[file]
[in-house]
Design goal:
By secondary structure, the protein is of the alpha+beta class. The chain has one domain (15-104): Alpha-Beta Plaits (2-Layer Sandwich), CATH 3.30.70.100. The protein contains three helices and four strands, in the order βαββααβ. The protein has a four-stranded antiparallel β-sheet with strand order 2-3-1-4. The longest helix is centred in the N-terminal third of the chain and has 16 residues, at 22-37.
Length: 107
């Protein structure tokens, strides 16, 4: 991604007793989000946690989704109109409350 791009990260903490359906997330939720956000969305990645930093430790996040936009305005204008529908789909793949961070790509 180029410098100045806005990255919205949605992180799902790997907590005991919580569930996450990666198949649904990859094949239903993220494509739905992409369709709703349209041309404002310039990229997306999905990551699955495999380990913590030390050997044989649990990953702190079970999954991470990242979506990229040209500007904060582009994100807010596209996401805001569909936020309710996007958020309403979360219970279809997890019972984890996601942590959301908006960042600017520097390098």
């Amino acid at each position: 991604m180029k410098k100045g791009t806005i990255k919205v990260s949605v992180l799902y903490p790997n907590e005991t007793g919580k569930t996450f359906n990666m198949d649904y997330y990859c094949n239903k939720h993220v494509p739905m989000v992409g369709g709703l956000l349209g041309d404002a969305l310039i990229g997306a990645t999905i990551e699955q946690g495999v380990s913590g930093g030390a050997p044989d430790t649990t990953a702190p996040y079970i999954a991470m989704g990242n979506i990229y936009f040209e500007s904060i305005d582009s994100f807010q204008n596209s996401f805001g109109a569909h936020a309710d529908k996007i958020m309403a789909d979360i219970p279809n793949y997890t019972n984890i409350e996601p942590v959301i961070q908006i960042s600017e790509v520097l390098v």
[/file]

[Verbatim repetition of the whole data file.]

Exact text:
[in-house]
Design goal:
By secondary structure, the protein is of the alpha+beta class. The chain has one domain (15-104): Alpha-Beta Plaits (2-Layer Sandwich), CATH 3.30.70.100. The protein contains three helices and four strands, in the order βαββααβ. The protein has a four-stranded antiparallel β-sheet with strand order 2-3-1-4. The longest helix is centred in the N-terminal third of the chain and has 16 residues, at 22-37.
Length: 107
């Protein structure tokens, strides 16, 4: 991604007793989000946690989704109109409350 791009990260903490359906997330939720956000969305990645930093430790996040936009305005204008529908789909793949961070790509 180029410098100045806005990255919205949605992180799902790997907590005991919580569930996450990666198949649904990859094949239903993220494509739905992409369709709703349209041309404002310039990229997306999905990551699955495999380990913590030390050997044989649990990953702190079970999954991470990242979506990229040209500007904060582009994100807010596209996401805001569909936020309710996007958020309403979360219970279809997890019972984890996601942590959301908006960042600017520097390098």
């Amino acid at each position: 991604m180029k410098k100045g791009t806005i990255k919205v990260s949605v992180l799902y903490p790997n907590e005991t007793g919580k569930t996450f359906n990666m198949d649904y997330y990859c094949n239903k939720h993220v494509p739905m989000v992409g369709g709703l956000l349209g041309d404002a969305l310039i990229g997306a990645t999905i990551e699955q946690g495999v380990s913590g930093g030390a050997p044989d430790t649990t990953a702190p996040y079970i999954a991470m989704g990242n979506i990229y936009f040209e500007s904060i305005d582009s994100f807010q204008n596209s996401f805001g109109a569909h936020a309710d529908k996007i958020m309403a789909d979360i219970p279809n793949y997890t019972n984890i409350e996601p942590v959301i961070q908006i960042s600017e790509v520097l390098v």